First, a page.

Skip to main content
Advertising

Originally published Monday, June 18, 2012 at 5:31 AM

  • Share:
           
  • Comments (0)
  • Print

Running routine is doable but takes prep

Columnist Kelly Turner explores how to get running.

Special to the Seattle Times

Most Popular Comments
Hide / Show comments
No comments have been posted to this article.
Start the conversation >

advertising

While running can be tough on the body, I am a firm believer it is one of the best ways to shed fat and sculpt your lower half. I also believe that anyone can do it.

Running is not a matter of just lacing up your sneakers and hitting the road, however. It takes preparation: everything from picking the proper shoes to progressing appropriately with proper training.

The biggest mistake people make is trying to do too much too soon. It can seem frustrating, but you may have to build up your stamina more slowly than you feel you can handle.

There are many free programs you can download from the Internet that claim to whip you into marathon shape, but whether you want to race or just be able to run a mile without stopping, the basic principal is the same: interval training.

Interval training mixes short spurts of running with walking. Try alternating one minute of walking with 30 seconds of running for 30 minutes. Increase the run time and decrease the walk time each week until you find yourself able to run for the full 30 minutes. From there, you can start adding minutes of running.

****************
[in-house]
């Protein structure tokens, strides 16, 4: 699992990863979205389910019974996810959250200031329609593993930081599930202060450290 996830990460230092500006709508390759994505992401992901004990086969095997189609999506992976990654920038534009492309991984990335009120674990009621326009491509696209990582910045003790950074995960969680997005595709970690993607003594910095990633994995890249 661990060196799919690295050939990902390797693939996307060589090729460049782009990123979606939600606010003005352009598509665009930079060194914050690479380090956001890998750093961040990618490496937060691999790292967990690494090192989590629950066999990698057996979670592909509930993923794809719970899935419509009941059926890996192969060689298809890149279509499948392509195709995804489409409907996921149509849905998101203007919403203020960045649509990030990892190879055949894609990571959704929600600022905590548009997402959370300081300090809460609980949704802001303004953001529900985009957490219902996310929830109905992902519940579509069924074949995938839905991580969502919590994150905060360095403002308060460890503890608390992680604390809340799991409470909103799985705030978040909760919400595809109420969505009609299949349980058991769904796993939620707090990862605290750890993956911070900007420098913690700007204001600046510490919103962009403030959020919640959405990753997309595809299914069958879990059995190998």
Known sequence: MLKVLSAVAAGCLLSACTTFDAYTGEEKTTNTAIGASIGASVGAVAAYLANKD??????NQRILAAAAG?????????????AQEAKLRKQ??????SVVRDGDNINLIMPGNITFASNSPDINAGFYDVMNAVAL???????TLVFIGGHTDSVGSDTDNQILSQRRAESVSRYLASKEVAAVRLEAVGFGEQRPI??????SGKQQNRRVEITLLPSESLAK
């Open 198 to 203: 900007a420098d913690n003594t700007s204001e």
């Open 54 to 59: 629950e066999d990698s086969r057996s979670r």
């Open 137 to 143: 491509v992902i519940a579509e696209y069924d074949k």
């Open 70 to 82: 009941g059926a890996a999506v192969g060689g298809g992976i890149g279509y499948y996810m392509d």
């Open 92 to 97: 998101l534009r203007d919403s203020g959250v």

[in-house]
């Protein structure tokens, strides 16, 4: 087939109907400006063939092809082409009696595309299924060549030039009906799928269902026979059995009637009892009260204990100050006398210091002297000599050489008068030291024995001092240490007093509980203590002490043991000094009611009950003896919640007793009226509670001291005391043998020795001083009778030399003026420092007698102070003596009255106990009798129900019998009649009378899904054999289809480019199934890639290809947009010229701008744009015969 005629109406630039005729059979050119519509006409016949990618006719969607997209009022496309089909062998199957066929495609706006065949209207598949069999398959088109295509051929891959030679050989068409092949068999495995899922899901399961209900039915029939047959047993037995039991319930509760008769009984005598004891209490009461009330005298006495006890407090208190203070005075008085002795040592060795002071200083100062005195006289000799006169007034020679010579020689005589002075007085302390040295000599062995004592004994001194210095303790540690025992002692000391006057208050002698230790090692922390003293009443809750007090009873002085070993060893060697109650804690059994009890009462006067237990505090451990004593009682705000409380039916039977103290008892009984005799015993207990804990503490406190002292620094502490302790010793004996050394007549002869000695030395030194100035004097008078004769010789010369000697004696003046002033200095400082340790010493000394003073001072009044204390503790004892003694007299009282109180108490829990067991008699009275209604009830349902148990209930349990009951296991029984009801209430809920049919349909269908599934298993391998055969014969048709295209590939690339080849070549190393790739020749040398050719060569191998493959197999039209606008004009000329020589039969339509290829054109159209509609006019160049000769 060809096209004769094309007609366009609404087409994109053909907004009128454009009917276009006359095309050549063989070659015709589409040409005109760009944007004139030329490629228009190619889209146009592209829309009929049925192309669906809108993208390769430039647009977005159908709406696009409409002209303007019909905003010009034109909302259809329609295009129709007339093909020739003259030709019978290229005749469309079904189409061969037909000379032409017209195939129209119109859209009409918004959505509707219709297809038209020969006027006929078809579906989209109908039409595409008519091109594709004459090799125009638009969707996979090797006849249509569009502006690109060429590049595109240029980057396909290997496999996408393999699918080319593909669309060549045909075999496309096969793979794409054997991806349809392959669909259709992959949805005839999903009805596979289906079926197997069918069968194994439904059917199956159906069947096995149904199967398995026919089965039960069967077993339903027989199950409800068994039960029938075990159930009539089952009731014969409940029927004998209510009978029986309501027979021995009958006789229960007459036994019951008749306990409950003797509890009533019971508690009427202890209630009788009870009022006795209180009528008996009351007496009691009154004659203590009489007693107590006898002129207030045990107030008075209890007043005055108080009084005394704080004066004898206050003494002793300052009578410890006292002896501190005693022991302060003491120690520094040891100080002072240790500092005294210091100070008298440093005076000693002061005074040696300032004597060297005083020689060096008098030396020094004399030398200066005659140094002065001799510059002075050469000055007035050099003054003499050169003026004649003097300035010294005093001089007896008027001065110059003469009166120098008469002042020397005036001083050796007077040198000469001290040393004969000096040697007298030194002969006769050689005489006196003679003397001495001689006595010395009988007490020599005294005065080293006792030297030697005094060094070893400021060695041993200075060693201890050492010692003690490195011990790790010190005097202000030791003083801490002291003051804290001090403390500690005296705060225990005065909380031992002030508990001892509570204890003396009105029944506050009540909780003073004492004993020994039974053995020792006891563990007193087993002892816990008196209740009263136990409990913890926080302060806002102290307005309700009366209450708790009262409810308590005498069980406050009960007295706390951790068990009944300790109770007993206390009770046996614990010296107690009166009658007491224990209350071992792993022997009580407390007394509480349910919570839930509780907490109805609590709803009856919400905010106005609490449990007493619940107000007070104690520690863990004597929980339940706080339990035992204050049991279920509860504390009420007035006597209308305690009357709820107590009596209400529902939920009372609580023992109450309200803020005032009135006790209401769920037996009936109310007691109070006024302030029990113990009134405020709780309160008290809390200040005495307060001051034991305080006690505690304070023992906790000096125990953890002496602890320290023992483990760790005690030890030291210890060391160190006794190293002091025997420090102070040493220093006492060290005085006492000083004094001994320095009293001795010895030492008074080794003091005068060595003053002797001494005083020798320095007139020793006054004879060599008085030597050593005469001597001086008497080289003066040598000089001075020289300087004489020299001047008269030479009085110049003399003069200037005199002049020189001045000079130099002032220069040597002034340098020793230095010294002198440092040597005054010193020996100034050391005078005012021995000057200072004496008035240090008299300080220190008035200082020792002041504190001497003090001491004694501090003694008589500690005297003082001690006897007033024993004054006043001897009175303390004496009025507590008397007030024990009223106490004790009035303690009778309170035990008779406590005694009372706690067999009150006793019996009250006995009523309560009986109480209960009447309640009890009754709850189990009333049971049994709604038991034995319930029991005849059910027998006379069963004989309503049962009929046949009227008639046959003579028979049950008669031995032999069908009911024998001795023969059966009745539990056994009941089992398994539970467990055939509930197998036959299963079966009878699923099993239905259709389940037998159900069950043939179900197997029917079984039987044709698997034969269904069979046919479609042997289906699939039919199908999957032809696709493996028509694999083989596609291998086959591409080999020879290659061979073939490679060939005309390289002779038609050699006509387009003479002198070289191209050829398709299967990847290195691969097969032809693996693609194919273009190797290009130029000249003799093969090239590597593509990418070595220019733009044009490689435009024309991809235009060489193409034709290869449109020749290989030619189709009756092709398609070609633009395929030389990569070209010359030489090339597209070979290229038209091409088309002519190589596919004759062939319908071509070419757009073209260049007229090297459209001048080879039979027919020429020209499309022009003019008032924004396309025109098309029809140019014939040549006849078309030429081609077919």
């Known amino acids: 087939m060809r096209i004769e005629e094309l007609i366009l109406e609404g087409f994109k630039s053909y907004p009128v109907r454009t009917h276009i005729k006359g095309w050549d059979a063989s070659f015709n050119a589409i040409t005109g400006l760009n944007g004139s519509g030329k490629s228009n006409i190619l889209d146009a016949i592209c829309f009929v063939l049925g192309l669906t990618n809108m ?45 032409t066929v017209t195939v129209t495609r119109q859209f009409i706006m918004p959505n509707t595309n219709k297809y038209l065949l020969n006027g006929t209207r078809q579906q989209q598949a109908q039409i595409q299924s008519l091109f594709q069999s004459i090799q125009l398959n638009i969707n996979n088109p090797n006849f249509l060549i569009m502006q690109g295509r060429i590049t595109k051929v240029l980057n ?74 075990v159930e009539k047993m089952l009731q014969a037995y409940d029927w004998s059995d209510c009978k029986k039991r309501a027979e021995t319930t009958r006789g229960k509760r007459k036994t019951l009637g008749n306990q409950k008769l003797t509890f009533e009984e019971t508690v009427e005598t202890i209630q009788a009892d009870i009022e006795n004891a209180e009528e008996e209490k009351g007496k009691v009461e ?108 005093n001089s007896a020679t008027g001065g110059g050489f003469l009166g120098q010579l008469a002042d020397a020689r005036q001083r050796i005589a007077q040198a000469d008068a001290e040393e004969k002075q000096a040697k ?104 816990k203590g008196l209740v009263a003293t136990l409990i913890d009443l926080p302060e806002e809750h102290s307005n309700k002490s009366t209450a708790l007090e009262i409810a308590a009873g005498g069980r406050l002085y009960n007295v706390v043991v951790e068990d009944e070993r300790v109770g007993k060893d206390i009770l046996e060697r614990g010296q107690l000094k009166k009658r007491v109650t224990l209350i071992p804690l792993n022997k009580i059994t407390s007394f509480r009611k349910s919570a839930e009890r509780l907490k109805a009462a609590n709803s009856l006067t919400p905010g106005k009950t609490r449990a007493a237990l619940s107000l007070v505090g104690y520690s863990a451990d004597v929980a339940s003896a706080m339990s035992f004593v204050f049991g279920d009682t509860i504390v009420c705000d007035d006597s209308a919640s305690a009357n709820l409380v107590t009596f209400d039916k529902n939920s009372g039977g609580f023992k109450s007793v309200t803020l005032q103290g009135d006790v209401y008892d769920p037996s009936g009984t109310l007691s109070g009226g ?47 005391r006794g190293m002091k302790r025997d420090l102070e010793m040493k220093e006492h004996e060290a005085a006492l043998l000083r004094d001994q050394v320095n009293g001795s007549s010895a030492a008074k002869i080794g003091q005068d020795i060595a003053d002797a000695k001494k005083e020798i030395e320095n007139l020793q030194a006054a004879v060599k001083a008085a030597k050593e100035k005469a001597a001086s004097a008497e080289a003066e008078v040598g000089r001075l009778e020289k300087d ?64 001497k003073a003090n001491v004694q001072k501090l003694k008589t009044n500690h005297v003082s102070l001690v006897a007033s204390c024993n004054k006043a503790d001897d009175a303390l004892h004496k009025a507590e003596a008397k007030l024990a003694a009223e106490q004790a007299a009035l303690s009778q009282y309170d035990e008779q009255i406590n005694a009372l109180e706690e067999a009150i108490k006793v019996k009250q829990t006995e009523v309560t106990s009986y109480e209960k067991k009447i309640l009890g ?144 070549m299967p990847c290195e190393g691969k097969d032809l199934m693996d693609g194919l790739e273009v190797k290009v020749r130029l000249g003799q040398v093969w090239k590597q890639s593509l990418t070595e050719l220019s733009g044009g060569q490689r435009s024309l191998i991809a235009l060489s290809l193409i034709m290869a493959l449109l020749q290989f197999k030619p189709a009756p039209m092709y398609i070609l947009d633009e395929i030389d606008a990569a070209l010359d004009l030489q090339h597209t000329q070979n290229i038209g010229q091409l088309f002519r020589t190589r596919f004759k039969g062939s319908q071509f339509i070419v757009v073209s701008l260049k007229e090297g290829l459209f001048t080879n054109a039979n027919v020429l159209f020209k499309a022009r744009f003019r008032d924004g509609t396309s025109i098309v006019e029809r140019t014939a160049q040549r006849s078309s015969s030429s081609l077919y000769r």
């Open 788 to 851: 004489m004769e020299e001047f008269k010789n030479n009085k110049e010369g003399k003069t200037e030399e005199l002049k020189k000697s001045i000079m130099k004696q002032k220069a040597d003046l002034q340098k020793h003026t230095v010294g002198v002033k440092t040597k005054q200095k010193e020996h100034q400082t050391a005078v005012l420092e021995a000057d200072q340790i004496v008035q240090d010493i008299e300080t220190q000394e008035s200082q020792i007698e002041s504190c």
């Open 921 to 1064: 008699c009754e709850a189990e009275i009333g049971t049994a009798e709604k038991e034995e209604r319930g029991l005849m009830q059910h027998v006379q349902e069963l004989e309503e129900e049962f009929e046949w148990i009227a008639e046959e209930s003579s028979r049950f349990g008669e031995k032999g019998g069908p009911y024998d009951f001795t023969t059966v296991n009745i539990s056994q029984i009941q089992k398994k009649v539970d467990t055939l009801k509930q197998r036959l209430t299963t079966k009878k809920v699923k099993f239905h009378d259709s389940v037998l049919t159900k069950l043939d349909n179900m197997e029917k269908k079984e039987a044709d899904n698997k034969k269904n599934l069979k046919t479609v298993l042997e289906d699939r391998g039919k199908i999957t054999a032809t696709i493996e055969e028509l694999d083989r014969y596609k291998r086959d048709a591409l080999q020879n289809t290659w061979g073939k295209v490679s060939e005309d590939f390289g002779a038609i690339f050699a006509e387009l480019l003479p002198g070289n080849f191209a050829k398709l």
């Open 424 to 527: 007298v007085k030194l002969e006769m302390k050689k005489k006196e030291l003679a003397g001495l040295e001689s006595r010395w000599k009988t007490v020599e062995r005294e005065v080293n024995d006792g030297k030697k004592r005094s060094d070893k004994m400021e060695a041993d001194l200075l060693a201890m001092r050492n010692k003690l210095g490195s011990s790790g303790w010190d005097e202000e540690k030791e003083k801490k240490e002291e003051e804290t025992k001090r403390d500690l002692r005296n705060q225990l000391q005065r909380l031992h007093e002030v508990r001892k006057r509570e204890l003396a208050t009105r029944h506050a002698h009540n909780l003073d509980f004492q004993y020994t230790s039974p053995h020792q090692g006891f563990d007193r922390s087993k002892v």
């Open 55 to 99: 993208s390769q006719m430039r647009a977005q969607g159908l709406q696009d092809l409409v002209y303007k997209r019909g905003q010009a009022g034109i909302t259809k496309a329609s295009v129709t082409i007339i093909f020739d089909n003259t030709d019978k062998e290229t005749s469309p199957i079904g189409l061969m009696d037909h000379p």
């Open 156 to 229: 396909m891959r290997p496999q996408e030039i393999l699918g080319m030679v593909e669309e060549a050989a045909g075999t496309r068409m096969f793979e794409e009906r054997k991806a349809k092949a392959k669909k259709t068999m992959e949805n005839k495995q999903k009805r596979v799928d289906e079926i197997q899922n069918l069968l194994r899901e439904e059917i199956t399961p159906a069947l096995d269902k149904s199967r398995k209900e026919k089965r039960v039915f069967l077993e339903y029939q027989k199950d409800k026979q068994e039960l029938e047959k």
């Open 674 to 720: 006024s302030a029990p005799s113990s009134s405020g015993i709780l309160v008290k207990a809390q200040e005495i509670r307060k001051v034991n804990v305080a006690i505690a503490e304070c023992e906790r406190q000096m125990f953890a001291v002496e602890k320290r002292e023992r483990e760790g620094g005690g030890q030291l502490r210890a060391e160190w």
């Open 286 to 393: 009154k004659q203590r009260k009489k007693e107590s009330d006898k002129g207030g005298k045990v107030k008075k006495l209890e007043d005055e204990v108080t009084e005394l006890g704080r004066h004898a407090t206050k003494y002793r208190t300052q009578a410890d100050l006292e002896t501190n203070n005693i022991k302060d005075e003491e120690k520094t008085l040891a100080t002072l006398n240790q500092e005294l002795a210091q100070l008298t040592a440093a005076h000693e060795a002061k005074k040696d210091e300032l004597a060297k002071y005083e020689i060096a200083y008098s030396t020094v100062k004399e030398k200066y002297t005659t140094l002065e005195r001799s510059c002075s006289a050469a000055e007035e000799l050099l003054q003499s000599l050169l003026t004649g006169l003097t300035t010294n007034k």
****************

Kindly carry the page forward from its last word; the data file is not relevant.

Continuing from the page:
Many runners experience knee pain and ankle pain, either from increasing their run intervals or mileage too quickly or from their footwear. Running is a high-impact sport, even if you avoid the pavement in favor of softer terrain, like trails or a track, so proper footwear is key.

If you have never been fitted for a running shoe, go to a shoe store that specializes in running shoes and ask to be. They will recommend the best shoe for your foot, your skill level and your strike — the way your foot hits the ground when you run.

You may have heard of the barefoot-running craze and seen the new minimalist running shoes that simulate barefoot running but protect the soles of your feet from rough terrain. Advocates claim barefoot running is better for the bones and joints of the body, allowing you to run the way nature intended.

The controversy with the minimalist shoes, however, is that as their popularity has grown, so have reports of injuries. Manufacturers of these shoes advise that you ease into running in minimalist running shoes by wearing them only a few minutes a day so bones and muscles have time to adjust.

I suggest starting with regular running shoes and then, if you want to give barefoot running a try, transition after you are able to run for the whole 30-minute workout.

Running a few miles may seem like an impossible task to you right now, but if you've ever found yourself wishing you could be a runner, I encourage you to give it a try. Even if you don't fall in love with the sport, it is a great way to shed pounds and follow through on a plan to achieve a personal goal.

Kelly Turner: kellyturnerfitness@gmail.com; Turner is an ACE (American Council on Exercise) certified-personal trainer and fitness writer. www.KellyTurnerFitness.com; on twitter @KellyTurnerFit.

.

News where, when and how you want it

Email Icon

Get ready for 2015

Get ready for 2015

The Seattle Times 12-month wall calendar features hand-picked photos of life in the Pacific Northwest. Order while supplies last!

Advertising

Advertising


Advertising